With the first of the postulates of (en)Visionography I am starting a new series, that will include my thoughts, other ideas I admire, tips and short pieces of advice regarding VISION and how to create your personal photography – (en)Visionography.
Vision is such a difficult concept to explain, a concept I analyze in depth in my (en)Visionography workshops, but I’ll try here to make it easy for everyone to understand it and help you find your own personal VISION and how to express it in your photography to create something more than photography, to create photography based on YOUR own personal vision, your (en)Visionography.
I had started this series a while ago as the “The Postulates of Vision” but the series name slowly transformed into “The Postulates of (en)Visionography”.
The main reason is because these thoughts have become more and more deep and extended and they are not only related to vision anymore, but to a wider expression of it, to what I call (en)Visionography, which is a personal kind of fine art photography, a photography about the artist much more than a photography about the subject he photographs. This is the base concept of (en)Visionography and with these postulates I want to make it easy to understand so others can use in their process of creation what I discovered and what helps me find photography so fulfilling and such a great tool for expressing my artistic self.
More thoughts will come after this first. They will be enunciated in the form of postulates, in a concise form so they are as clear as possible, and I hope they will give you inspiration and help you get deeper in interpreting your photography and creating a personal fine art photography, which is what I call (en)Visionography.
You can subscribe to my blog to receive the updates on this article, as I will be adding new postulates to it.
The 1st Postulate of (en)Visionography
“Inspiration is not to be found outside, but inside yourself”
What you see in the outside world is only a pretext for you to feel something about what you see and be inspired to translate it into images by using vision. So, next time you will be searching for inspiration, you know what to do. Don’t search to find it by looking at what others do, but look inside yourself to find your real vision. It’s there where you will find the answer.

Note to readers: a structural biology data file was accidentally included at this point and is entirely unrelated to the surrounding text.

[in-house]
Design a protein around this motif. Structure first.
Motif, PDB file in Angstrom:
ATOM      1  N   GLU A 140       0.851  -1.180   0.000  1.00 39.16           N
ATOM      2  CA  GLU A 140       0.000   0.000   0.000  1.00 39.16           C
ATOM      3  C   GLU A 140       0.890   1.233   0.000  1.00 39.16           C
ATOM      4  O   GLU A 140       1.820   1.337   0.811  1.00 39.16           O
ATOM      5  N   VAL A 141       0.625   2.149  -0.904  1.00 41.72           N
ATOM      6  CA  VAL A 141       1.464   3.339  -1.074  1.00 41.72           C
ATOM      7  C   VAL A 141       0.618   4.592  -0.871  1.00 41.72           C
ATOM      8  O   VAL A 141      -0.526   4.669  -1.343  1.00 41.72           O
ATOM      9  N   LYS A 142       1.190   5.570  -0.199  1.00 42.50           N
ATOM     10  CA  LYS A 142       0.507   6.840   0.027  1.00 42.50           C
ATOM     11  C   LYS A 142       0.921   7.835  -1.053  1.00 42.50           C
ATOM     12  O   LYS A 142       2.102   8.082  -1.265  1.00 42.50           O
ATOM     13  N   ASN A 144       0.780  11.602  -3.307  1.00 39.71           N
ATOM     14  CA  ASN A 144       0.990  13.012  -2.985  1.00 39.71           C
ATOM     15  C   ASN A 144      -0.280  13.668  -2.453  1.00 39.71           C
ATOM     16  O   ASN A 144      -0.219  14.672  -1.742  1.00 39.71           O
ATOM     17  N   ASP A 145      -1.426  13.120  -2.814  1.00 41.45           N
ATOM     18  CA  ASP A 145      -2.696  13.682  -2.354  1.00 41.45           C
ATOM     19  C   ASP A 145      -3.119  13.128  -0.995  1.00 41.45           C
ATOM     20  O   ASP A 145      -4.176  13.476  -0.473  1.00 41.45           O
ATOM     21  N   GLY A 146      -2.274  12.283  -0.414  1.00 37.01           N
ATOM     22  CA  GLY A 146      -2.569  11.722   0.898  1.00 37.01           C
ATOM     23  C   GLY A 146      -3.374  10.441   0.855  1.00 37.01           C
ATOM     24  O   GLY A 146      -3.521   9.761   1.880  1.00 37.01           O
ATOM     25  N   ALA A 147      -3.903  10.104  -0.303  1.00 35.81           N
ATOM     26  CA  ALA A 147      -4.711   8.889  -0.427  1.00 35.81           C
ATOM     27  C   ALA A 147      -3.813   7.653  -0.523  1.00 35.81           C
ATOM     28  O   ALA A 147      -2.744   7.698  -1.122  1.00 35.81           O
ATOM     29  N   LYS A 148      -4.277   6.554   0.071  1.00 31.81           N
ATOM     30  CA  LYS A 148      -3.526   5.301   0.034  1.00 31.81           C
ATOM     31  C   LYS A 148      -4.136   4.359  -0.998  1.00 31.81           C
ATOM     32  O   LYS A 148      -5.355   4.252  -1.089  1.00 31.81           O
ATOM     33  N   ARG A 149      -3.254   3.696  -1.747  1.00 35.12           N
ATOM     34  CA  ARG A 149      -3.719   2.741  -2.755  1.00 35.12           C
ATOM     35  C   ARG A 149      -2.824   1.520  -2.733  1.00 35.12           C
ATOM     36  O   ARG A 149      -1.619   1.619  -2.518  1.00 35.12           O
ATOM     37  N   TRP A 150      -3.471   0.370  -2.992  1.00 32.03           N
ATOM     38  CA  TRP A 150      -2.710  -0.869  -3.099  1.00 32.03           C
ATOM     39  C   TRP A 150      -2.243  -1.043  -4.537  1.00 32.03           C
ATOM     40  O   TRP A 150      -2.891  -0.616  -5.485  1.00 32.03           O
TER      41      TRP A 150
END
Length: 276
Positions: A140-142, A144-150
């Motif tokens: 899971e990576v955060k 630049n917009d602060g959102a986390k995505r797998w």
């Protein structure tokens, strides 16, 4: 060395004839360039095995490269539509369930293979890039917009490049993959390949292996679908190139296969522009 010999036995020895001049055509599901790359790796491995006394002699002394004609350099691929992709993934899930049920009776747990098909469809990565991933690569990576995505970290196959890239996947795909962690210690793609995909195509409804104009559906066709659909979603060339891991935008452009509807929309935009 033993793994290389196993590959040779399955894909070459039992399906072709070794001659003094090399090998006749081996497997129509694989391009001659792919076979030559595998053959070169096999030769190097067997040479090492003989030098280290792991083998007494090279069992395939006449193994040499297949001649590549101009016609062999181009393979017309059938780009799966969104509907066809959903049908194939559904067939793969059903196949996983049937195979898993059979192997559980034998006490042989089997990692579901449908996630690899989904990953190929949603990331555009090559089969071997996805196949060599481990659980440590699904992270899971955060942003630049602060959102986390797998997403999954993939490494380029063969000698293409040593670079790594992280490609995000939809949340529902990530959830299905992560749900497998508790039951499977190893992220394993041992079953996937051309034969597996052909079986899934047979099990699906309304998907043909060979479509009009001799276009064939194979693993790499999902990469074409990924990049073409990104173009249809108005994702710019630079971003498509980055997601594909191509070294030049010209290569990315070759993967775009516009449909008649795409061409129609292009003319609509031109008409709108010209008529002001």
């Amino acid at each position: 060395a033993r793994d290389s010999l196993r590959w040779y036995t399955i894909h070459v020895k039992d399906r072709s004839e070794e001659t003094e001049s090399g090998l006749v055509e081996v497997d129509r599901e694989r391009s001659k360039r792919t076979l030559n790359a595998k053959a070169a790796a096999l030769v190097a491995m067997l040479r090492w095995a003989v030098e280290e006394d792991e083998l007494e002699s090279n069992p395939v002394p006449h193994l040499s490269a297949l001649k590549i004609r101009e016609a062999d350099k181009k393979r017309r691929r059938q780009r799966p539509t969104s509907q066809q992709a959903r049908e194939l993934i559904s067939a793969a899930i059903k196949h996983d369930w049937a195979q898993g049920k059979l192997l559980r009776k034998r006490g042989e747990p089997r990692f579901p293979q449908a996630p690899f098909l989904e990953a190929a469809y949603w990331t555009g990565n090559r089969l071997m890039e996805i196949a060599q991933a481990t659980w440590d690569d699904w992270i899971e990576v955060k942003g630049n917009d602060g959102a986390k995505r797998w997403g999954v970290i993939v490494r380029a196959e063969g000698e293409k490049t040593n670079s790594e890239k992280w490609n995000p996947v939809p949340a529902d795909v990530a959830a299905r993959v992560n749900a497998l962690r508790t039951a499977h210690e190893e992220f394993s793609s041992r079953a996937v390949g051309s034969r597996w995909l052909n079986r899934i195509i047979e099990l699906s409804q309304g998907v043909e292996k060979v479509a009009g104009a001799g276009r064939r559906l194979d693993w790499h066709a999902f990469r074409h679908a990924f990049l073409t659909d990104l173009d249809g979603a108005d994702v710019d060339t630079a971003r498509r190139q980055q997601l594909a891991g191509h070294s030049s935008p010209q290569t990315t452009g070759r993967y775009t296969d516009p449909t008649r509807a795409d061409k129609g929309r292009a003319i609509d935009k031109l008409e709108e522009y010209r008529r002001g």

The 2nd Postulate of (en)Visionography
“Have you ever been in love?
Then you can be a fine art photographer”
– Alfred Stieglitz talking to Minor White –
When young Minor visited Alfred Stieglitz in New York sometime in the thirties, he still had many questions about his own direction and whether or not he could be truly a great photographer.
When he expressed his doubts, Stieglitz asked him the question: “Have you ever been in love?” Minor replied: “Yes I have.” Then Stieglitz said”Then you can be a photographer.”
I’m tweaking a bit what Stieglitz said and I’m replacing here “photographer” with “fine art photographer” because I see fine art photography as something different than classical photography. What he said though is one of the things that define (en)Visionography – If you’ve ever been in love you know what means EMOTION. This is what a fine art photographer, an (en)Visionographer, creates. This is what the viewer feels when looking at a fine art photograph. That is what makes it a true fine art photograph.
The 3rd Postulate of (en)Visionography
“Creating fine art photography is discovering yourself.
Your REAL self.”
Fine art photography is more than showing how the world is. It is more than mirroring the world. It is even more than interpreting the world. Fine art photography is about the artist and not necessarily about the world.
(en)Visionography is transforming the vision of an artist, his thoughts and emotions, into an image. This image is much more than a way for the artist to know the world or to interpret it. It is a tool for the artist to know him or herself. In (en)Visionography what we do is discovering ourselves. Our REAL selves. The world and the subject we choose to photograph are tools we use together with photography, in order to get to the core of what we are as artists, as humans, from a spiritual and emotional point of view.
In my mentoring courses I have seen people transforming from photographers to artists, I’ve seen them going from recording reality and trying to present it as well as the can, to looking inside of themselves and showing to the others the world they found there, instead of just showing them the reality they see. It is an amazing process to live for my students and it is so thrilling for me to follow it and be a part of their transformation.
More thoughts coming soon. Stay in touch…